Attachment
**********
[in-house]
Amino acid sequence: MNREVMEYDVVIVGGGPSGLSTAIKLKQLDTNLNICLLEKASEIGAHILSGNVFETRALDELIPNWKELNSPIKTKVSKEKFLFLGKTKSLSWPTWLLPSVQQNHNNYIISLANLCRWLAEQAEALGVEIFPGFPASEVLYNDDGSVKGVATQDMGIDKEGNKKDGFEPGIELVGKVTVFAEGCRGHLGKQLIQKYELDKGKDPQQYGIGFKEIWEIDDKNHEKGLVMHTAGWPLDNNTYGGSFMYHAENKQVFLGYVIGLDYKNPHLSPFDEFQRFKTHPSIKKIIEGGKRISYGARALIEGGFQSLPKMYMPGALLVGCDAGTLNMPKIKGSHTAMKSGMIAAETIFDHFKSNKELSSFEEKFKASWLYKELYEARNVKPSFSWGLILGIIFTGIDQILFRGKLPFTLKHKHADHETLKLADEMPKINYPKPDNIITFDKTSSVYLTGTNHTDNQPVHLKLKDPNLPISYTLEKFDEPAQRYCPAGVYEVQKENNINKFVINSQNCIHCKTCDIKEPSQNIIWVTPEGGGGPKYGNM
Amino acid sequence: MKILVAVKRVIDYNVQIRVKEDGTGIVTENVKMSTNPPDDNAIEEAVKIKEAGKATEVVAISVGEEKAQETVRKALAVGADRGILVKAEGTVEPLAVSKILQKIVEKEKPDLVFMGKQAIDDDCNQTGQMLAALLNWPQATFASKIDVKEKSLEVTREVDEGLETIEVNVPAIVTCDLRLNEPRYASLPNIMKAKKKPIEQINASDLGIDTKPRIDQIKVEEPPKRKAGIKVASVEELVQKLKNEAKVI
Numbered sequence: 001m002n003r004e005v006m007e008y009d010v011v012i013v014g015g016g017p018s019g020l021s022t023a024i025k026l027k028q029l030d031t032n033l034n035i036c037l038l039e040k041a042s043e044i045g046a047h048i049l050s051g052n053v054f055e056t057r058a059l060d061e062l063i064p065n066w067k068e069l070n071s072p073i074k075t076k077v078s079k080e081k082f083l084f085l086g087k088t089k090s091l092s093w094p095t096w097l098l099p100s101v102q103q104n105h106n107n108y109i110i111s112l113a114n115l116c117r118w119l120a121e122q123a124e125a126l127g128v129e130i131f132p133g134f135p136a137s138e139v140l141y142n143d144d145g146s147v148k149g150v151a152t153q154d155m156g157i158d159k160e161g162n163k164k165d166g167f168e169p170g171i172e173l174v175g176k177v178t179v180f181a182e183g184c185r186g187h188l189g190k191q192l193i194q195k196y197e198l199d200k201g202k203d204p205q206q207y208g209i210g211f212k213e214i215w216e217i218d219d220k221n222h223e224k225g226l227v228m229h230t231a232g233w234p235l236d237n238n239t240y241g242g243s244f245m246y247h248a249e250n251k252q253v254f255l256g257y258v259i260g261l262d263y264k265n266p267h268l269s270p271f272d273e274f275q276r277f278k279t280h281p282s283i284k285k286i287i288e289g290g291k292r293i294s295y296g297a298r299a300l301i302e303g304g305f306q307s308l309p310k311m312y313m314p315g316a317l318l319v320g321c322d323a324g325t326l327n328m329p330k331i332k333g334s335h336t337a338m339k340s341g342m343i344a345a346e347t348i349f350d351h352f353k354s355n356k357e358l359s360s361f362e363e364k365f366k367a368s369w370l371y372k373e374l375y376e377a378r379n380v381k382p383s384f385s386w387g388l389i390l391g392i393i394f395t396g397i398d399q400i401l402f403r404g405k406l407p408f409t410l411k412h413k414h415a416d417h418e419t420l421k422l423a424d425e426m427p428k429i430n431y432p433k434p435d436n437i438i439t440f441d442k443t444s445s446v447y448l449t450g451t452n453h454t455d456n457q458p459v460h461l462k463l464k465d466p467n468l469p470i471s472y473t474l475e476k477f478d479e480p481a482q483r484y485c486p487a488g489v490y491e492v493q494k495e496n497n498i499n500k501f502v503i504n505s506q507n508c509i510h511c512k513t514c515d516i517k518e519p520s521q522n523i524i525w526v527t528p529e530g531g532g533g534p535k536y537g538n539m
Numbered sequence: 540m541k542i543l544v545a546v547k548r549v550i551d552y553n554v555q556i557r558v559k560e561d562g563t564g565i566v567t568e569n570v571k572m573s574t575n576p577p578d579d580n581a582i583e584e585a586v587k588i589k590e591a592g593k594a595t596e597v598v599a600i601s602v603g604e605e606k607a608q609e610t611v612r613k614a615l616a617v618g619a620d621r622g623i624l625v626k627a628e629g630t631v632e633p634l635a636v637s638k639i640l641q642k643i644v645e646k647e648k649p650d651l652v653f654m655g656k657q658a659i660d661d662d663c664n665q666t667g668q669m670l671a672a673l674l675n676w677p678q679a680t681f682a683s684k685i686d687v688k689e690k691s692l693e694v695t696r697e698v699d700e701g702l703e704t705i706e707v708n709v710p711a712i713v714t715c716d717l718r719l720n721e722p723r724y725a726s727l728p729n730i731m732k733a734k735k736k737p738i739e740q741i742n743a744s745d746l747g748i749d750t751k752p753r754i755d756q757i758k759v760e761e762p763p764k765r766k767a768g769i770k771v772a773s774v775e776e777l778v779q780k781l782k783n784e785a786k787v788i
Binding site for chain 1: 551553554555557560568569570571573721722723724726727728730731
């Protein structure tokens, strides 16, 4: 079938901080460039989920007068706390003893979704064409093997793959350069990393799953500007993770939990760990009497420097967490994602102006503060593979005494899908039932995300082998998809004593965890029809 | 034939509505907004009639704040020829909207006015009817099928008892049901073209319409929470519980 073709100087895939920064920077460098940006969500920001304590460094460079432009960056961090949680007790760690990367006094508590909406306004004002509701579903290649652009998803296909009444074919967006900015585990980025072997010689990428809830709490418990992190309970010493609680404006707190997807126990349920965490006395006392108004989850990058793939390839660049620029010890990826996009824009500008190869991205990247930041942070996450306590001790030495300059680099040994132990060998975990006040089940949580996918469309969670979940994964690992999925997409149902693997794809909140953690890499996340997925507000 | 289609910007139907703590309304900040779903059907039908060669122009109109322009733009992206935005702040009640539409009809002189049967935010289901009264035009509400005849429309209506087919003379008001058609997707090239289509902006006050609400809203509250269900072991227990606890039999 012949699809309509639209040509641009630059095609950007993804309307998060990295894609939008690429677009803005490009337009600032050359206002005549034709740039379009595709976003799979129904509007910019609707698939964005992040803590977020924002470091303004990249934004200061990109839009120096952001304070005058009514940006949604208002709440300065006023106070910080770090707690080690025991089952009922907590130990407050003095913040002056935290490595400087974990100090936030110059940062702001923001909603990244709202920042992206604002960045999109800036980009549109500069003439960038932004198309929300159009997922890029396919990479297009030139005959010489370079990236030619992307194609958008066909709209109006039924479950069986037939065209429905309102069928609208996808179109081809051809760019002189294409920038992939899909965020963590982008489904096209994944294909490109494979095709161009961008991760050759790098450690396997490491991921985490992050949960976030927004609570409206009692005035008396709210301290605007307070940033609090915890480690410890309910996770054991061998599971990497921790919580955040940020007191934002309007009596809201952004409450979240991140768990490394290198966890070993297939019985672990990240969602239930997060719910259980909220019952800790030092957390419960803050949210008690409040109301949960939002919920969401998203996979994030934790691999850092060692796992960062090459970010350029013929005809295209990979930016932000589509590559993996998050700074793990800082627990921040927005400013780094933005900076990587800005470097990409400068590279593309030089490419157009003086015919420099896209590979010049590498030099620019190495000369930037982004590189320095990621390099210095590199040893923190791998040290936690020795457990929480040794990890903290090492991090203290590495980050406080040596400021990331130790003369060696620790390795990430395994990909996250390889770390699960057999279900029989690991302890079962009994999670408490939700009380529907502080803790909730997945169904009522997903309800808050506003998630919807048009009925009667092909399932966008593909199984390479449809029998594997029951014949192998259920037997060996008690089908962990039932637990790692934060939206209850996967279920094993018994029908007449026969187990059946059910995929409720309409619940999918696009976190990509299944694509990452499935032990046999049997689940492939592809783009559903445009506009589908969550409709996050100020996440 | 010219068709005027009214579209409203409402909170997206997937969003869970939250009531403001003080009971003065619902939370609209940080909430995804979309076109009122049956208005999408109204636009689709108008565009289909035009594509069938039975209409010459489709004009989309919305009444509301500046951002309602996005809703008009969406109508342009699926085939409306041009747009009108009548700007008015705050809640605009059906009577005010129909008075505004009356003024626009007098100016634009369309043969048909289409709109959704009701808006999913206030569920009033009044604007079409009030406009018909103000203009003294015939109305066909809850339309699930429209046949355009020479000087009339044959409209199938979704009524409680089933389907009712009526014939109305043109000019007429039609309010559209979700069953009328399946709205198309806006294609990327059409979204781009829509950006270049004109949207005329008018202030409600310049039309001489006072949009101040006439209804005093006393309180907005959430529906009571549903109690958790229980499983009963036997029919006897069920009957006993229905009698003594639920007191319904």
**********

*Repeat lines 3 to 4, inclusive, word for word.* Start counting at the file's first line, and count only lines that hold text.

Amino acid sequence: MKILVAVKRVIDYNVQIRVKEDGTGIVTENVKMSTNPPDDNAIEEAVKIKEAGKATEVVAISVGEEKAQETVRKALAVGADRGILVKAEGTVEPLAVSKILQKIVEKEKPDLVFMGKQAIDDDCNQTGQMLAALLNWPQATFASKIDVKEKSLEVTREVDEGLETIEVNVPAIVTCDLRLNEPRYASLPNIMKAKKKPIEQINASDLGIDTKPRIDQIKVEEPPKRKAGIKVASVEELVQKLKNEAKVI
Numbered sequence: 001m002n003r004e005v006m007e008y009d010v011v012i013v014g015g016g017p018s019g020l021s022t023a024i025k026l027k028q029l030d031t032n033l034n035i036c037l038l039e040k041a042s043e044i045g046a047h048i049l050s051g052n053v054f055e056t057r058a059l060d061e062l063i064p065n066w067k068e069l070n071s072p073i074k075t076k077v078s079k080e081k082f083l084f085l086g087k088t089k090s091l092s093w094p095t096w097l098l099p100s101v102q103q104n105h106n107n108y109i110i111s112l113a114n115l116c117r118w119l120a121e122q123a124e125a126l127g128v129e130i131f132p133g134f135p136a137s138e139v140l141y142n143d144d145g146s147v148k149g150v151a152t153q154d155m156g157i158d159k160e161g162n163k164k165d166g167f168e169p170g171i172e173l174v175g176k177v178t179v180f181a182e183g184c185r186g187h188l189g190k191q192l193i194q195k196y197e198l199d200k201g202k203d204p205q206q207y208g209i210g211f212k213e214i215w216e217i218d219d220k221n222h223e224k225g226l227v228m229h230t231a232g233w234p235l236d237n238n239t240y241g242g243s244f245m246y247h248a249e250n251k252q253v254f255l256g257y258v259i260g261l262d263y264k265n266p267h268l269s270p271f272d273e274f275q276r277f278k279t280h281p282s283i284k285k286i287i288e289g290g291k292r293i294s295y296g297a298r299a300l301i302e303g304g305f306q307s308l309p310k311m312y313m314p315g316a317l318l319v320g321c322d323a324g325t326l327n328m329p330k331i332k333g334s335h336t337a338m339k340s341g342m343i344a345a346e347t348i349f350d351h352f353k354s355n356k357e358l359s360s361f362e363e364k365f366k367a368s369w370l371y372k373e374l375y376e377a378r379n380v381k382p383s384f385s386w387g388l389i390l391g392i393i394f395t396g397i398d399q400i401l402f403r404g405k406l407p408f409t410l411k412h413k414h415a416d417h418e419t420l421k422l423a424d425e426m427p428k429i430n431y432p433k434p435d436n437i438i439t440f441d442k443t444s445s446v447y448l449t450g451t452n453h454t455d456n457q458p459v460h461l462k463l464k465d466p467n468l469p470i471s472y473t474l475e476k477f478d479e480p481a482q483r484y485c486p487a488g489v490y491e492v493q494k495e496n497n498i499n500k501f502v503i504n505s506q507n508c509i510h511c512k513t514c515d516i517k518e519p520s521q522n523i524i525w526v527t528p529e530g531g532g533g534p535k536y537g538n539m